Therefore, those who have for the time being gained the upper hand, when they desire to secure their position, must by their own act and choice select from all Hellas men whom they have ascertained to be the best for the purpose. These must in the first place be men of mature years, who have children and wives at home, and, as far as possible, a long line of ancestors of good repute, and all must be possessed of sufficient property. For a city of ten thousand householders their numbers should be fifty ; that is enough. These they must induce to come from their own homes by entreaties and the promise of the highest honours ; and having induced them to come they must entreat and command them to draw up laws after binding themselves by oath to show no partiality either to conquerors or to conquered, but to give equal and common rights to the whole State.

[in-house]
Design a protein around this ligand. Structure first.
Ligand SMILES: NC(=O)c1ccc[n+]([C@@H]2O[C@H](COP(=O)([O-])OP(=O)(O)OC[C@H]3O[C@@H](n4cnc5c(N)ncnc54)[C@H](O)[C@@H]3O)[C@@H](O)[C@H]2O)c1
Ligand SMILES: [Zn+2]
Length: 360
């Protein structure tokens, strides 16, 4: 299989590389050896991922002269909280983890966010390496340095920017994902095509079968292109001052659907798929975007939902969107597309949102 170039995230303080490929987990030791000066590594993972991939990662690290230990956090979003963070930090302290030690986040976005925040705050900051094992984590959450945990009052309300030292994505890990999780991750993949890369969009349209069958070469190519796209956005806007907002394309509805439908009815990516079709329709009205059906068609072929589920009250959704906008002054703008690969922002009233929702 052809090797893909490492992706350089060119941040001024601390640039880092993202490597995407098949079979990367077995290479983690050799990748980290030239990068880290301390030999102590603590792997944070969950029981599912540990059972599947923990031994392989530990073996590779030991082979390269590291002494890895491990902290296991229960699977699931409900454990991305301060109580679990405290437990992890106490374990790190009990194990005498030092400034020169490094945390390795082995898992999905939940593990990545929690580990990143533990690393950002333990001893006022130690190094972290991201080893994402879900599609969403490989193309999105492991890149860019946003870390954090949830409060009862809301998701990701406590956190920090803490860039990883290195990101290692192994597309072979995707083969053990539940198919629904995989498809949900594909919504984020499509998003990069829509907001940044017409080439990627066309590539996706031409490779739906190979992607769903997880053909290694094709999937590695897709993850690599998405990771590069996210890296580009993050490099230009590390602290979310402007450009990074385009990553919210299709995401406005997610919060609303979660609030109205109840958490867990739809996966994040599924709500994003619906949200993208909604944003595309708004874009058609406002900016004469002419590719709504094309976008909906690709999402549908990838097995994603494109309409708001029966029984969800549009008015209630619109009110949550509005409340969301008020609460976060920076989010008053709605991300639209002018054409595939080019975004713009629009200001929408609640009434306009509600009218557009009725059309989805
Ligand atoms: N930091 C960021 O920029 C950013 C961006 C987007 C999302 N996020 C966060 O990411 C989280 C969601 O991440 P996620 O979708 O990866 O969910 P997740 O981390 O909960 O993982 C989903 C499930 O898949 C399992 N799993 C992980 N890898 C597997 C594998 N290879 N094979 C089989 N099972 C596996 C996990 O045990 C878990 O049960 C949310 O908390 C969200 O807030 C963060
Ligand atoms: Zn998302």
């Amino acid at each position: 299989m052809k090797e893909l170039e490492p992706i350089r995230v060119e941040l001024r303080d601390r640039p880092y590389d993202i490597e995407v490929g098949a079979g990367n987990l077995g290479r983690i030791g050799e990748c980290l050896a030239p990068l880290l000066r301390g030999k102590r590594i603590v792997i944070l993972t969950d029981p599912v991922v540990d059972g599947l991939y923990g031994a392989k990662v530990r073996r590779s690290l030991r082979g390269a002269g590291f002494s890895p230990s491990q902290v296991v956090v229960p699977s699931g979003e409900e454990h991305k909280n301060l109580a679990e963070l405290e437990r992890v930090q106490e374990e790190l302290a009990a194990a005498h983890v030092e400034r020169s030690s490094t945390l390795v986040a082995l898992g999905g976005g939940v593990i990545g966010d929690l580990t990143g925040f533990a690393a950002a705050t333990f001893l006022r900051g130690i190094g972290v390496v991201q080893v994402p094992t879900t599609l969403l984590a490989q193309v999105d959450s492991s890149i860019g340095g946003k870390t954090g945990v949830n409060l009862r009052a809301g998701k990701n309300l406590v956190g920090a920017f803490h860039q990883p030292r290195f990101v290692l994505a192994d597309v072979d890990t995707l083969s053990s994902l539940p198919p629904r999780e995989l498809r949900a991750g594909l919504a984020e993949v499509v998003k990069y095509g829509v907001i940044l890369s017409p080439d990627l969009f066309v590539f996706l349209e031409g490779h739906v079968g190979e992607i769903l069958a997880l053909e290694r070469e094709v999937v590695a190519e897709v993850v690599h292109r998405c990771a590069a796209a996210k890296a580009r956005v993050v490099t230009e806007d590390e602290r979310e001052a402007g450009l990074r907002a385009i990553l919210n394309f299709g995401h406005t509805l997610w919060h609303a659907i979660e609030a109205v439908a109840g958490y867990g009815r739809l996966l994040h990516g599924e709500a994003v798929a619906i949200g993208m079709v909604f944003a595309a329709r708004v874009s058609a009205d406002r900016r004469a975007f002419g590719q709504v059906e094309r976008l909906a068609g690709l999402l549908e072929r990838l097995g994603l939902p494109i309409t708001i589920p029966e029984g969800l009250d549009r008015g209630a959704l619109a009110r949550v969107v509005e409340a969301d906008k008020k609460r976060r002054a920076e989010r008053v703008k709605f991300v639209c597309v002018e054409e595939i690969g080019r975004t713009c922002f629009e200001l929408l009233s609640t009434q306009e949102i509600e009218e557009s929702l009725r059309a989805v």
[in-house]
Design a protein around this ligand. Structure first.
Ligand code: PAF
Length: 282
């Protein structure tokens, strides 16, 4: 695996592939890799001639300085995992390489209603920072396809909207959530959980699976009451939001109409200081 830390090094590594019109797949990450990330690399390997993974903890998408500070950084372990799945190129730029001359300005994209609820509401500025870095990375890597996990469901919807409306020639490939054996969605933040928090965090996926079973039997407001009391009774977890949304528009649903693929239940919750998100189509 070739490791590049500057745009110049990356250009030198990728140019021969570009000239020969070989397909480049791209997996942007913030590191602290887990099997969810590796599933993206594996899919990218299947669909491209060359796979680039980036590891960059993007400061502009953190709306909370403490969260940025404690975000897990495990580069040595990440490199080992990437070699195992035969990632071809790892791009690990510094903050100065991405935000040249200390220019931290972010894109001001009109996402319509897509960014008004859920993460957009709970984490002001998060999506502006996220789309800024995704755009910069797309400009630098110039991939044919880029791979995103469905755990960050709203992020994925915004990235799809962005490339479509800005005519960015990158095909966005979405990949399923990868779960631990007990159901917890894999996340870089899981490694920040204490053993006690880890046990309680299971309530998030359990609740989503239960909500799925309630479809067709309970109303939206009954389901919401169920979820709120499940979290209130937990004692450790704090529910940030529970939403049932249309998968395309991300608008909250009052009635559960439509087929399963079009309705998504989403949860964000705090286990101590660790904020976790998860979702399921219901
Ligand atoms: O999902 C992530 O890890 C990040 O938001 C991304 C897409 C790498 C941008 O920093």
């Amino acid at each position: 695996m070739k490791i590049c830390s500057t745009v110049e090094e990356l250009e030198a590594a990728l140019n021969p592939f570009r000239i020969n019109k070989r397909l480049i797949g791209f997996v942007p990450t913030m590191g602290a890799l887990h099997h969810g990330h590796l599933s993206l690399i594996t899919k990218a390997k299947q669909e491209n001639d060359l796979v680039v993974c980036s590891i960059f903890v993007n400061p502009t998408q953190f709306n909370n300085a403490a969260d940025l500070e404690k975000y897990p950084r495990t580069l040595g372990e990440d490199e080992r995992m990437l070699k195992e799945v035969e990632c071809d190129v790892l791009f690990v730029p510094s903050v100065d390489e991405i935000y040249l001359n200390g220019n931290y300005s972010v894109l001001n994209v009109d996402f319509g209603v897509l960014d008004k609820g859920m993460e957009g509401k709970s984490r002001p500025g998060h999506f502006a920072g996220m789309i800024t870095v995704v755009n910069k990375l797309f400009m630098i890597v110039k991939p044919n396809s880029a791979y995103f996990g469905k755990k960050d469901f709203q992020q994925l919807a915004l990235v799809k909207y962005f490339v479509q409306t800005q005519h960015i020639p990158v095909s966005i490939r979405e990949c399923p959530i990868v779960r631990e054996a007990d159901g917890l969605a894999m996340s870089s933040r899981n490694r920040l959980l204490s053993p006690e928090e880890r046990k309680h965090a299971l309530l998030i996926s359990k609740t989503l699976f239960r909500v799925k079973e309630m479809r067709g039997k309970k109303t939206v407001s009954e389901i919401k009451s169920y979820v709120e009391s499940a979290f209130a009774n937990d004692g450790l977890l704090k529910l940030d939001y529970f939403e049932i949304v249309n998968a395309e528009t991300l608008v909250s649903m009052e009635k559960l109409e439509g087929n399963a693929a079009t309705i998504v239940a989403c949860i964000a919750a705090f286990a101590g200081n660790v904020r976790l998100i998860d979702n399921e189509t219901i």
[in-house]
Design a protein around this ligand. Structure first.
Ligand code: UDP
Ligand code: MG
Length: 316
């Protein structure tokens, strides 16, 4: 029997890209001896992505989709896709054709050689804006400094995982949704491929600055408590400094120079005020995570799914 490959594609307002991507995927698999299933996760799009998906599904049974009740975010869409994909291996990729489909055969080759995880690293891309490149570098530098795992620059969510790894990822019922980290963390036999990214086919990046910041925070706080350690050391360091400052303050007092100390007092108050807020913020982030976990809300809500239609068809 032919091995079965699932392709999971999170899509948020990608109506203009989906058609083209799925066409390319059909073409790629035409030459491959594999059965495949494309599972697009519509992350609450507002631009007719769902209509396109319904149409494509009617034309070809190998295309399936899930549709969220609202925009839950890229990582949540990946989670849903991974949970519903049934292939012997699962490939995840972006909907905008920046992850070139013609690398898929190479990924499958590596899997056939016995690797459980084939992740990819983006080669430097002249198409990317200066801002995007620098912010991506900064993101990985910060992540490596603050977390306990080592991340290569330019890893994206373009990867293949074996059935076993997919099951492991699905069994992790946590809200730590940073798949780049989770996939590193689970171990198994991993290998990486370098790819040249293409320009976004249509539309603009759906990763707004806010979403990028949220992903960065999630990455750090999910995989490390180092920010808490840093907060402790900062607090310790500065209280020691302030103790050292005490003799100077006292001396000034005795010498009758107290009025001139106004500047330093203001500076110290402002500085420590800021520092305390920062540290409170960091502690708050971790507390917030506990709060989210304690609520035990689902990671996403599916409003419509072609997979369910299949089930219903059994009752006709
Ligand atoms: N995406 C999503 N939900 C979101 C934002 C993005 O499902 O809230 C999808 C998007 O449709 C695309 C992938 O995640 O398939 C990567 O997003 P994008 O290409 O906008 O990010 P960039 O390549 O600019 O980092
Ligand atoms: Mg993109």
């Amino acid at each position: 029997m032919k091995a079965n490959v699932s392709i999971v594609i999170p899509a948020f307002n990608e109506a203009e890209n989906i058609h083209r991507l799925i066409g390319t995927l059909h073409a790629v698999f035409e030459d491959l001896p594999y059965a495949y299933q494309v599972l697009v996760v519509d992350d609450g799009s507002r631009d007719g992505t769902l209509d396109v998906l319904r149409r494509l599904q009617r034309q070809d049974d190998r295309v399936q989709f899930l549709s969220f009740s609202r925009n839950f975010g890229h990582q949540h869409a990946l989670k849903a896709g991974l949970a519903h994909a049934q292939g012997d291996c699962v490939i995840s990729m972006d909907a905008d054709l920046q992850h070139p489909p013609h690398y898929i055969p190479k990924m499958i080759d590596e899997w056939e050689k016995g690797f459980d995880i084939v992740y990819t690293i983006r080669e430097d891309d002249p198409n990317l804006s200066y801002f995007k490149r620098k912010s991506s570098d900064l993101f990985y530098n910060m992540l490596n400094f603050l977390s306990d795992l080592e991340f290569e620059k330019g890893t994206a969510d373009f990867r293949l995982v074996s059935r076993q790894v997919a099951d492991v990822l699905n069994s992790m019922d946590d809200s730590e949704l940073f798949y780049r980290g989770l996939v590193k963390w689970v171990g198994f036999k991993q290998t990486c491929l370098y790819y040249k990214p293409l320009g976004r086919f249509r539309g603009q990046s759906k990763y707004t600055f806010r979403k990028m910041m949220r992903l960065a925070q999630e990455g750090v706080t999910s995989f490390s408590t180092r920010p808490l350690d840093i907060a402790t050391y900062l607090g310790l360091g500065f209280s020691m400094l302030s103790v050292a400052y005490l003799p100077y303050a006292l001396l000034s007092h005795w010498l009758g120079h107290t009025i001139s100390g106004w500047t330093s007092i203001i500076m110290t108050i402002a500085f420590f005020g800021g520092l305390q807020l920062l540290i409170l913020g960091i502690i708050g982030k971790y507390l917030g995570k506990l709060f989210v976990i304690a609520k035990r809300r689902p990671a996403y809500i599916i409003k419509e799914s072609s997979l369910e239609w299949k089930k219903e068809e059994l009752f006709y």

When laws have been enacted, what everything then hinges on is this. If the conquerors show more obedience to the laws than the conquered, the whole State will be full of security and happiness, and there will be an escape from all your troubles. But if they do not, then do not summon me or any other helper to aid you against those who do not obey the counsel I now give you. For this course is akin to that which Dion and I attempted to carry out with our hearts set on the welfare of Syracuse. It is indeed a second best course. The first and best was that scheme of welfare to all mankind which we attempted to carry out with the co-operation of Dionysios ; but some chance, mightier than men, brought it to nothing. Do you now, with good fortune attending you and with Heaven’s help, try to bring your efforts to a happier issue.